Tag Archives: Company

PureVia Now Available At Costco

When I originally started on Jorge Cruise’s Belly Fat Cure Program just about a year ago, the large majority of people weren’t yet aware how dangerous sugar can be to the human body. While it’s still arguable how well aware the public is now, it’s considerably more aware now than a year ago. Truvia and PureVia were just hitting the market and most people still unaware the Coca-Cola and Pepsi Cola are the major backers behind the companies that make these Erythritol and Stevia combinations and helped push their rapid approval through the Food and Drug Administration (FDA) to be used as a sweetener.

A year ago, you’d be just starting to see Truvia and PureVia hitting the shelves of the average supermarket, and now they’re pretty much a guarantee to be seen there. Both are starting to make their way into beverage products made by the respective cola giants although they’re yet to make their way into the cola giant’s diet versions of their signature products. Perhaps one of the signs that things are changing in a good way is that packets of PureVia are now available in the bulk purchasing giant warehouses of Costco. The super-sized boxes of packets which contain 300 packets are humongous compared to the 40 and 80 count boxes you can typically find in a regular supermarket.

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Are The 99 Cent Only Stores Engaging In False Advertising?

99 Cent LogoThe city of Poway just had a grand opening for a 99 Cents Only store within the last week. Naturally because it’s new in town I decided to check it out. However, one of the things I noticed that wasn’t blatantly obvious was a sign indicating that due to inflation, prices were now no longer 99 cents, but rather 99.99 cents. This carrying out the nines to two more decimal places essentially transforms the prices into $1.00 per item and you’d have to actually purchase 51 ones before you get one at 99 cents.

To me, this reeks of false advertising. The stores are called 99 Cents Only stores, and they’re flat out lying. The business was built on the premise that nothing in the stores would cost more than 99 cents. And according to their press release about the change, they managed to keep that true for slightly more than twenty-five years since the company was founded in 1982 until they opted to change it in late 2008. I’m not sure if they were the first company to start on the premise of charging 99 cents, but obviously others followed but decided to go for the dollar instead of losing an additional penny per item. This price increase does effectively make the 99 cent stores the same as the dollar stores, except for the fact they’ve got that problem that their name specifically states 99 Cents “Only.”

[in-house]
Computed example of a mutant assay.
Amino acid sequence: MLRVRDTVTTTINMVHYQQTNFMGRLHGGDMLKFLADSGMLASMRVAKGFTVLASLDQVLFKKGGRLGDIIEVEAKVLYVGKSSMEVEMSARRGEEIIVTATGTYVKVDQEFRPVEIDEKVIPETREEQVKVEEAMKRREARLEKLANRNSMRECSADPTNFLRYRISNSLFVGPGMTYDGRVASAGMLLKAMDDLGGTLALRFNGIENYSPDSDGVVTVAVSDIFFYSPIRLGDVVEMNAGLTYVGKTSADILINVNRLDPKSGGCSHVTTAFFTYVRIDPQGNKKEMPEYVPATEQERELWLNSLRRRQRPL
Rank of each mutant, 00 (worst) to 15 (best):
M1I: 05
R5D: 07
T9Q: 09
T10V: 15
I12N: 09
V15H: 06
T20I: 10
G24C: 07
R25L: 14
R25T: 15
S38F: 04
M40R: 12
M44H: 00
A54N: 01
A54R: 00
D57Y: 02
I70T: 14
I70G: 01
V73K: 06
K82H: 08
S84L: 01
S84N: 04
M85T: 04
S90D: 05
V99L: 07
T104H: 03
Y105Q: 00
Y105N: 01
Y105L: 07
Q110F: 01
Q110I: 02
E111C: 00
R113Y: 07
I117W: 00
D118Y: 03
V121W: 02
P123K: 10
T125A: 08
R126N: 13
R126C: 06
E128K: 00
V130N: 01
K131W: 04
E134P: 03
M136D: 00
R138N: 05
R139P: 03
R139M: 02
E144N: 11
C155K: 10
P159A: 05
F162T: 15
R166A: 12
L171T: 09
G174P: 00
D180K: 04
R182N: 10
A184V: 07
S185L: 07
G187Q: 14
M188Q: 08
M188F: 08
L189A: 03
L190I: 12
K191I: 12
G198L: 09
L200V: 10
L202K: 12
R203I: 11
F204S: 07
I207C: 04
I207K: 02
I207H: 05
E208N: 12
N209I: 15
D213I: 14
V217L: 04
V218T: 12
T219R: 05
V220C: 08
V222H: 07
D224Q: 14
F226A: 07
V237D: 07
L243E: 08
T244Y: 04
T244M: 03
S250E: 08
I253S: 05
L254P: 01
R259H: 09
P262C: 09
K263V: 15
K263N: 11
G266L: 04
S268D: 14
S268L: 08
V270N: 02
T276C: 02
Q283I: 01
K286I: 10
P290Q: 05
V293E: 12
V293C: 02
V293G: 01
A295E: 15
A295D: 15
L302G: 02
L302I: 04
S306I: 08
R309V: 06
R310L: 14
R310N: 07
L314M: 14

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America Needs To Lighten Up And Get A Sense Of Humor

Mr. T SnickersWhile this is technically old news, I just heard about it for the first time today through an article relating to advertising considered to be offensive. The commercial in question here that I am writing about is what I found to be a hilarious commercial for Snickers candy bars that uses Mr. T to poke fun at the supposed lack of masculinity when it comes to speed walking.

The commercial was widely regarded in the humorous spirit the ad was intended to be viewed. According to the Advertising Standards Authority of the UK the ad barely ruffled feathers and a spokesperson for Mars, the parent company of Snickers candy bars, the ad was meant to be funny and was positively received in the UK. If the commercial is designed to be funny and the intended audience of the commercial does find it funny, what is the controversy?

The controversy is that some American organizations took great offense to the commercial and have caused such a ruckus about it that Mars has opted to permanently retire the ad and no longer show it anywhere in the world. Keep in mind the commercial was made for the UK market, it wasn’t shown in the United States at all prior to the controversy. The parent company of the advertising agency responsible for the ad received an open letter challenging the ad in a US advertising industry title and the Human Rights Campaign declared the commercial offensive to the gay, lesbian, bi, transgender community by implying that the speedwalker was a homosexual and the attack on the speedwalker both verbally and with Snickers Bars being shot out of a machine gun, is essentially a hate crime.

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